Application of Mössbauer Spectroscopy to in Situ Studies of the Anodic and Cathodic Behavior of Cobalt Surfaces
The anodic behavior of metals is a complex phenomenon, particularly for experimental conditions that produce passivation of the metal surfaces. Because of the limited experimental techniques available for in situ studies of surface films, there remains considerable uncertainty about many aspects of passivation and anodic behavior of metals. Electrochemical methods have been useful in characterizing the anodic behavior of metals, but these techniques have not provided unambiguous information about the chemical composition and structure of anodically-produced surface films. The non-electrochemical approaches used thus far have also been of limited value. Electron diffraction investigations require that the specimen be removed from its initial environment, and reasonable objections to the interpretation of results can be raised because of possible changes in composition of the specimen surface, such as dehydration, that may occur during the diffraction analysis. Although ellipsometry is a highly surface sensitive technique and is applicable to in situ studies, the measured parameters of thin films, 10–50 A, lead only to information about the thickness.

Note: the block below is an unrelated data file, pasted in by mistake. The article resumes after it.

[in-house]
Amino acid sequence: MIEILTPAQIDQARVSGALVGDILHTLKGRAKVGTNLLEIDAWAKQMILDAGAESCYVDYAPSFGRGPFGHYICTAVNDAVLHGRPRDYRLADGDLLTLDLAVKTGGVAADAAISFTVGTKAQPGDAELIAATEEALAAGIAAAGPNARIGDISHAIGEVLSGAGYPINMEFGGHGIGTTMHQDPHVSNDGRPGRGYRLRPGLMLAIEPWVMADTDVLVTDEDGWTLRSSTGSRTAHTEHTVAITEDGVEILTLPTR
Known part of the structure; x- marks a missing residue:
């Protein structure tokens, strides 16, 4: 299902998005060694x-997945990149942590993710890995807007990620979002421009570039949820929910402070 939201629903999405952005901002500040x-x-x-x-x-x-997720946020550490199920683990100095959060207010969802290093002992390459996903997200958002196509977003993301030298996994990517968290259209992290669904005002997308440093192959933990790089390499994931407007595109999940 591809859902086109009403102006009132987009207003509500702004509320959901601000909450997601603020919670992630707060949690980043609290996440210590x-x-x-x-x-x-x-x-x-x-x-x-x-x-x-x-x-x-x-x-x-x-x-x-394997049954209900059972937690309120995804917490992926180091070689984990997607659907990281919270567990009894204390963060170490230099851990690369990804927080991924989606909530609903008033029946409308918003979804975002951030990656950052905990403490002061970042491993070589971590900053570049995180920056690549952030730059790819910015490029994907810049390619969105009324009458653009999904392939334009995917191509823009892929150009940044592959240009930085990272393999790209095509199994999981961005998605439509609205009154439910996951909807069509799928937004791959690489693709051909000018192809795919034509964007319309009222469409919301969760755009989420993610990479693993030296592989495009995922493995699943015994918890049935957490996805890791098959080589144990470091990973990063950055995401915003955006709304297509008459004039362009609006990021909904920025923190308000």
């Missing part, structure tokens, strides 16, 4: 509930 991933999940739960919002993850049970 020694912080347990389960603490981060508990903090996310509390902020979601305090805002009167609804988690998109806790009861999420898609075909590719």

KeywordsHydroxide Cobalt Dehydration Borate Auger
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